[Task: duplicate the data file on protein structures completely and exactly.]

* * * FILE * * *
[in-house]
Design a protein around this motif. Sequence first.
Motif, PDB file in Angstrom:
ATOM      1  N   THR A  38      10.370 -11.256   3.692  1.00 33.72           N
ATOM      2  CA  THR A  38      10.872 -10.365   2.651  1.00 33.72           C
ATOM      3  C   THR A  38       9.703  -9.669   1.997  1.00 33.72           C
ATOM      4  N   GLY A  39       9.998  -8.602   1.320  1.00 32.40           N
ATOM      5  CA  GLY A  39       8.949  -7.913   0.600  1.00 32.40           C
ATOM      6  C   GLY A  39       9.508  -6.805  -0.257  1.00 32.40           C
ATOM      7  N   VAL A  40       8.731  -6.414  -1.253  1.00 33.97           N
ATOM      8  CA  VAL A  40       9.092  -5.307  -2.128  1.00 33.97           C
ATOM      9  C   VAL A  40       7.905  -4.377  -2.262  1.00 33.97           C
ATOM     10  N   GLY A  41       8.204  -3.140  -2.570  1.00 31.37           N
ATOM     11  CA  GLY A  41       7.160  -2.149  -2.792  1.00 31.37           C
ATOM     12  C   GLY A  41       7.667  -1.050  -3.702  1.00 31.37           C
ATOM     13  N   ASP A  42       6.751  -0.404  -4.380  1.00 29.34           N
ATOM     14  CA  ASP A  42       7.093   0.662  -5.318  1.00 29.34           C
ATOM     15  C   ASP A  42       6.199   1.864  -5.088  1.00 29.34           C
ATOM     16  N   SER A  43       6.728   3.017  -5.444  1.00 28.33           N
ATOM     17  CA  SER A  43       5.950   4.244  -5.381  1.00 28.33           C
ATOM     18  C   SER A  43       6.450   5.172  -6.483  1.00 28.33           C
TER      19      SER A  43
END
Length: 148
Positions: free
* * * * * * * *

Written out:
[in-house]
Design a protein around this motif. Sequence first.
Motif, PDB file in Angstrom:
ATOM      1  N   THR A  38      10.370 -11.256   3.692  1.00 33.72           N
ATOM      2  CA  THR A  38      10.872 -10.365   2.651  1.00 33.72           C
ATOM      3  C   THR A  38       9.703  -9.669   1.997  1.00 33.72           C
ATOM      4  N   GLY A  39       9.998  -8.602   1.320  1.00 32.40           N
ATOM      5  CA  GLY A  39       8.949  -7.913   0.600  1.00 32.40           C
ATOM      6  C   GLY A  39       9.508  -6.805  -0.257  1.00 32.40           C
ATOM      7  N   VAL A  40       8.731  -6.414  -1.253  1.00 33.97           N
ATOM      8  CA  VAL A  40       9.092  -5.307  -2.128  1.00 33.97           C
ATOM      9  C   VAL A  40       7.905  -4.377  -2.262  1.00 33.97           C
ATOM     10  N   GLY A  41       8.204  -3.140  -2.570  1.00 31.37           N
ATOM     11  CA  GLY A  41       7.160  -2.149  -2.792  1.00 31.37           C
ATOM     12  C   GLY A  41       7.667  -1.050  -3.702  1.00 31.37           C
ATOM     13  N   ASP A  42       6.751  -0.404  -4.380  1.00 29.34           N
ATOM     14  CA  ASP A  42       7.093   0.662  -5.318  1.00 29.34           C
ATOM     15  C   ASP A  42       6.199   1.864  -5.088  1.00 29.34           C
ATOM     16  N   SER A  43       6.728   3.017  -5.444  1.00 28.33           N
ATOM     17  CA  SER A  43       5.950   4.244  -5.381  1.00 28.33           C
ATOM     18  C   SER A  43       6.450   5.172  -6.483  1.00 28.33           C
TER      19      SER A  43
END
Length: 148
Positions: free